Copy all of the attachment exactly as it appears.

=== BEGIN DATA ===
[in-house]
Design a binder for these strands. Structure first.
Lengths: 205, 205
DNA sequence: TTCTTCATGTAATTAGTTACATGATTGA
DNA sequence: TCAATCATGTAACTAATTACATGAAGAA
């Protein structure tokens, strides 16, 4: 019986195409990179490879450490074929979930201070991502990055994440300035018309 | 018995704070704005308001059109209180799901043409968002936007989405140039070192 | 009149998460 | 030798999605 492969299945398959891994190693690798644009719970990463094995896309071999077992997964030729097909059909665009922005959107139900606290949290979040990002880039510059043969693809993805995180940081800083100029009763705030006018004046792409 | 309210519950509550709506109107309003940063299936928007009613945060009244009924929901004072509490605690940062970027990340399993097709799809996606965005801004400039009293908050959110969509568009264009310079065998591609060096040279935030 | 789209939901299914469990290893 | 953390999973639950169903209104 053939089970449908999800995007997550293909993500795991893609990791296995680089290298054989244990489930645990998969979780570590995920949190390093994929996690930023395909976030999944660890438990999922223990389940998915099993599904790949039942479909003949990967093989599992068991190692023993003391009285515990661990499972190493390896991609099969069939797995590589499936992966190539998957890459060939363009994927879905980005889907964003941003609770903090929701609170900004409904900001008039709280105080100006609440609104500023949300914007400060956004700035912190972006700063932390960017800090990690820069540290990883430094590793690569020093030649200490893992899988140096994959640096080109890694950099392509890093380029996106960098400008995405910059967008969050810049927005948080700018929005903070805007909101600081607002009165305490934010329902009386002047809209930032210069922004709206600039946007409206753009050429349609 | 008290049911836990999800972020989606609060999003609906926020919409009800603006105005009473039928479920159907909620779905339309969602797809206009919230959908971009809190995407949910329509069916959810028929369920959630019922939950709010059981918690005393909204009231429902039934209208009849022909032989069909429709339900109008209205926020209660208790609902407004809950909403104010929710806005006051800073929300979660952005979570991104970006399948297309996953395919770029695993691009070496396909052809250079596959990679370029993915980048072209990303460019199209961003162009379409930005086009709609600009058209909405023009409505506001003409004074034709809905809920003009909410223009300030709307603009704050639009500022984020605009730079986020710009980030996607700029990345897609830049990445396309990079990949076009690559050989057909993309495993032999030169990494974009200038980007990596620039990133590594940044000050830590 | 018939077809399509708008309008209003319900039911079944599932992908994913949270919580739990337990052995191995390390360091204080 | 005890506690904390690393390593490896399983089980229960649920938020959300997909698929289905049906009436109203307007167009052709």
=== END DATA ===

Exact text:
[in-house]
Design a binder for these strands. Structure first.
Lengths: 205, 205
DNA sequence: TTCTTCATGTAATTAGTTACATGATTGA
DNA sequence: TCAATCATGTAACTAATTACATGAAGAA
């Protein structure tokens, strides 16, 4: 019986195409990179490879450490074929979930201070991502990055994440300035018309 | 018995704070704005308001059109209180799901043409968002936007989405140039070192 | 009149998460 | 030798999605 492969299945398959891994190693690798644009719970990463094995896309071999077992997964030729097909059909665009922005959107139900606290949290979040990002880039510059043969693809993805995180940081800083100029009763705030006018004046792409 | 309210519950509550709506109107309003940063299936928007009613945060009244009924929901004072509490605690940062970027990340399993097709799809996606965005801004400039009293908050959110969509568009264009310079065998591609060096040279935030 | 789209939901299914469990290893 | 953390999973639950169903209104 053939089970449908999800995007997550293909993500795991893609990791296995680089290298054989244990489930645990998969979780570590995920949190390093994929996690930023395909976030999944660890438990999922223990389940998915099993599904790949039942479909003949990967093989599992068991190692023993003391009285515990661990499972190493390896991609099969069939797995590589499936992966190539998957890459060939363009994927879905980005889907964003941003609770903090929701609170900004409904900001008039709280105080100006609440609104500023949300914007400060956004700035912190972006700063932390960017800090990690820069540290990883430094590793690569020093030649200490893992899988140096994959640096080109890694950099392509890093380029996106960098400008995405910059967008969050810049927005948080700018929005903070805007909101600081607002009165305490934010329902009386002047809209930032210069922004709206600039946007409206753009050429349609 | 008290049911836990999800972020989606609060999003609906926020919409009800603006105005009473039928479920159907909620779905339309969602797809206009919230959908971009809190995407949910329509069916959810028929369920959630019922939950709010059981918690005393909204009231429902039934209208009849022909032989069909429709339900109008209205926020209660208790609902407004809950909403104010929710806005006051800073929300979660952005979570991104970006399948297309996953395919770029695993691009070496396909052809250079596959990679370029993915980048072209990303460019199209961003162009379409930005086009709609600009058209909405023009409505506001003409004074034709809905809920003009909410223009300030709307603009704050639009500022984020605009730079986020710009980030996607700029990345897609830049990445396309990079990949076009690559050989057909993309495993032999030169990494974009200038980007990596620039990133590594940044000050830590 | 018939077809399509708008309008209003319900039911079944599932992908994913949270919580739990337990052995191995390390360091204080 | 005890506690904390690393390593490896399983089980229960649920938020959300997909698929289905049906009436109203307007167009052709």